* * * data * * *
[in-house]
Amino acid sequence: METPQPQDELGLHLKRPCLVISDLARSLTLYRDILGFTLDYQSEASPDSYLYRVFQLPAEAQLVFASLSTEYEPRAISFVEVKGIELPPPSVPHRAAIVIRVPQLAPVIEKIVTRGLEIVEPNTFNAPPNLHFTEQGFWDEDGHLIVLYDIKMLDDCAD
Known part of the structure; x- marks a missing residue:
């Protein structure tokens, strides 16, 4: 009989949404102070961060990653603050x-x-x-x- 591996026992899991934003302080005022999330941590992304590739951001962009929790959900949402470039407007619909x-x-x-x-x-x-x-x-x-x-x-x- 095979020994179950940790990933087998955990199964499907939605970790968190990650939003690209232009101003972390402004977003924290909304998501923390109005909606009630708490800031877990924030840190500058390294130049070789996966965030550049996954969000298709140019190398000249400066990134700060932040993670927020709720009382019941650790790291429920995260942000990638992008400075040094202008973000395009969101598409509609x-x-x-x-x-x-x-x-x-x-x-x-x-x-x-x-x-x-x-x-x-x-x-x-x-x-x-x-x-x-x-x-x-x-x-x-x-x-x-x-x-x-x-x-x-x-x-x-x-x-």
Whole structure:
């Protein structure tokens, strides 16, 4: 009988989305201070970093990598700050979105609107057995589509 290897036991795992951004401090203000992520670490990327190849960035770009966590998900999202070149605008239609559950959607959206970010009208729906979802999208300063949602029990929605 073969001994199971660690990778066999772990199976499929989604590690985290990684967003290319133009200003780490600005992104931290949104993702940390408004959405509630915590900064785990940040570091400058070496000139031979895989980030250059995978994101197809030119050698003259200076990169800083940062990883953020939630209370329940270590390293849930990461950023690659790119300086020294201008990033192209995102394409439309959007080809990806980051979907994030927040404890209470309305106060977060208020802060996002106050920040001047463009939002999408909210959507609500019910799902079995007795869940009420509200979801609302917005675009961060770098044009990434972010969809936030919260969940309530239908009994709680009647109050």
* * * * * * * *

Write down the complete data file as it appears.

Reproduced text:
[in-house]
Amino acid sequence: METPQPQDELGLHLKRPCLVISDLARSLTLYRDILGFTLDYQSEASPDSYLYRVFQLPAEAQLVFASLSTEYEPRAISFVEVKGIELPPPSVPHRAAIVIRVPQLAPVIEKIVTRGLEIVEPNTFNAPPNLHFTEQGFWDEDGHLIVLYDIKMLDDCAD
Known part of the structure; x- marks a missing residue:
């Protein structure tokens, strides 16, 4: 009989949404102070961060990653603050x-x-x-x- 591996026992899991934003302080005022999330941590992304590739951001962009929790959900949402470039407007619909x-x-x-x-x-x-x-x-x-x-x-x- 095979020994179950940790990933087998955990199964499907939605970790968190990650939003690209232009101003972390402004977003924290909304998501923390109005909606009630708490800031877990924030840190500058390294130049070789996966965030550049996954969000298709140019190398000249400066990134700060932040993670927020709720009382019941650790790291429920995260942000990638992008400075040094202008973000395009969101598409509609x-x-x-x-x-x-x-x-x-x-x-x-x-x-x-x-x-x-x-x-x-x-x-x-x-x-x-x-x-x-x-x-x-x-x-x-x-x-x-x-x-x-x-x-x-x-x-x-x-x-």
Whole structure:
């Protein structure tokens, strides 16, 4: 009988989305201070970093990598700050979105609107057995589509 290897036991795992951004401090203000992520670490990327190849960035770009966590998900999202070149605008239609559950959607959206970010009208729906979802999208300063949602029990929605 073969001994199971660690990778066999772990199976499929989604590690985290990684967003290319133009200003780490600005992104931290949104993702940390408004959405509630915590900064785990940040570091400058070496000139031979895989980030250059995978994101197809030119050698003259200076990169800083940062990883953020939630209370329940270590390293849930990461950023690659790119300086020294201008990033192209995102394409439309959007080809990806980051979907994030927040404890209470309305106060977060208020802060996002106050920040001047463009939002999408909210959507609500019910799902079995007795869940009420509200979801609302917005675009961060770098044009990434972010969809936030919260969940309530239908009994709680009647109050």